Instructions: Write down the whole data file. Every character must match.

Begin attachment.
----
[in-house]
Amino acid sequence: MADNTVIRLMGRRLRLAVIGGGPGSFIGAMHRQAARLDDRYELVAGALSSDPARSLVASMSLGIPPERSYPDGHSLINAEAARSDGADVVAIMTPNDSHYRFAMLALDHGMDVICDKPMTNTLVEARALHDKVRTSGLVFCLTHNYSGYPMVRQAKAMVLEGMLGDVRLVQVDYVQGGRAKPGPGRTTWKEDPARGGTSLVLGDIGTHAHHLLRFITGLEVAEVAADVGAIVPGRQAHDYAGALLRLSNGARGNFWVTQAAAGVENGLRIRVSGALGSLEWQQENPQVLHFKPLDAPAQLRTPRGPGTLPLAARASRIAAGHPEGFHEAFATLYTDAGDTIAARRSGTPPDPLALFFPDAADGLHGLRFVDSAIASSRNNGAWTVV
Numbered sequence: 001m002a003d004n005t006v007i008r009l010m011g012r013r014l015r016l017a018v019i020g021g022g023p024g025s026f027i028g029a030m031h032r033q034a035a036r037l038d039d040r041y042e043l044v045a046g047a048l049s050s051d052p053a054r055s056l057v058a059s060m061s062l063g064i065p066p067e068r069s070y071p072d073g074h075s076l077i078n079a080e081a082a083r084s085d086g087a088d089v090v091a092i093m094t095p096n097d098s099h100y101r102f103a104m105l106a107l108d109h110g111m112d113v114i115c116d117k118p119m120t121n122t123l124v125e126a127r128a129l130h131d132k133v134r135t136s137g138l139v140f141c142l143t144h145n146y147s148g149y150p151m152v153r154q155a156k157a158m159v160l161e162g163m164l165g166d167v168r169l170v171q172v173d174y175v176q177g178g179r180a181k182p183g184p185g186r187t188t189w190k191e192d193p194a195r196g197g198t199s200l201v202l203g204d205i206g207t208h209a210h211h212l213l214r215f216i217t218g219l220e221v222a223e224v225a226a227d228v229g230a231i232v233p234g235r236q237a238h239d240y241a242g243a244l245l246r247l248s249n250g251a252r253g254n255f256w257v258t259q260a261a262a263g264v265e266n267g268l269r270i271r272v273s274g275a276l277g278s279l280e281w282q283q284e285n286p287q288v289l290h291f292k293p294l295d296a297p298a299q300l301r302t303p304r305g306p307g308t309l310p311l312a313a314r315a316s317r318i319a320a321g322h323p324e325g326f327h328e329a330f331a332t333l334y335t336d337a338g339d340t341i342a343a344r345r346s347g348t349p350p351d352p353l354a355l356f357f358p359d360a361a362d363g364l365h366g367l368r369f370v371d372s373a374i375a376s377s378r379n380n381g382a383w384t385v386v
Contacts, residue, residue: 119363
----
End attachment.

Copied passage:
[in-house]
Amino acid sequence: MADNTVIRLMGRRLRLAVIGGGPGSFIGAMHRQAARLDDRYELVAGALSSDPARSLVASMSLGIPPERSYPDGHSLINAEAARSDGADVVAIMTPNDSHYRFAMLALDHGMDVICDKPMTNTLVEARALHDKVRTSGLVFCLTHNYSGYPMVRQAKAMVLEGMLGDVRLVQVDYVQGGRAKPGPGRTTWKEDPARGGTSLVLGDIGTHAHHLLRFITGLEVAEVAADVGAIVPGRQAHDYAGALLRLSNGARGNFWVTQAAAGVENGLRIRVSGALGSLEWQQENPQVLHFKPLDAPAQLRTPRGPGTLPLAARASRIAAGHPEGFHEAFATLYTDAGDTIAARRSGTPPDPLALFFPDAADGLHGLRFVDSAIASSRNNGAWTVV
Numbered sequence: 001m002a003d004n005t006v007i008r009l010m011g012r013r014l015r016l017a018v019i020g021g022g023p024g025s026f027i028g029a030m031h032r033q034a035a036r037l038d039d040r041y042e043l044v045a046g047a048l049s050s051d052p053a054r055s056l057v058a059s060m061s062l063g064i065p066p067e068r069s070y071p072d073g074h075s076l077i078n079a080e081a082a083r084s085d086g087a088d089v090v091a092i093m094t095p096n097d098s099h100y101r102f103a104m105l106a107l108d109h110g111m112d113v114i115c116d117k118p119m120t121n122t123l124v125e126a127r128a129l130h131d132k133v134r135t136s137g138l139v140f141c142l143t144h145n146y147s148g149y150p151m152v153r154q155a156k157a158m159v160l161e162g163m164l165g166d167v168r169l170v171q172v173d174y175v176q177g178g179r180a181k182p183g184p185g186r187t188t189w190k191e192d193p194a195r196g197g198t199s200l201v202l203g204d205i206g207t208h209a210h211h212l213l214r215f216i217t218g219l220e221v222a223e224v225a226a227d228v229g230a231i232v233p234g235r236q237a238h239d240y241a242g243a244l245l246r247l248s249n250g251a252r253g254n255f256w257v258t259q260a261a262a263g264v265e266n267g268l269r270i271r272v273s274g275a276l277g278s279l280e281w282q283q284e285n286p287q288v289l290h291f292k293p294l295d296a297p298a299q300l301r302t303p304r305g306p307g308t309l310p311l312a313a314r315a316s317r318i319a320a321g322h323p324e325g326f327h328e329a330f331a332t333l334y335t336d337a338g339d340t341i342a343a344r345r346s347g348t349p350p351d352p353l354a355l356f357f358p359d360a361a362d363g364l365h366g367l368r369f370v371d372s373a374i375a376s377s378r379n380n381g382a383w384t385v386v
Contacts, residue, residue: 119363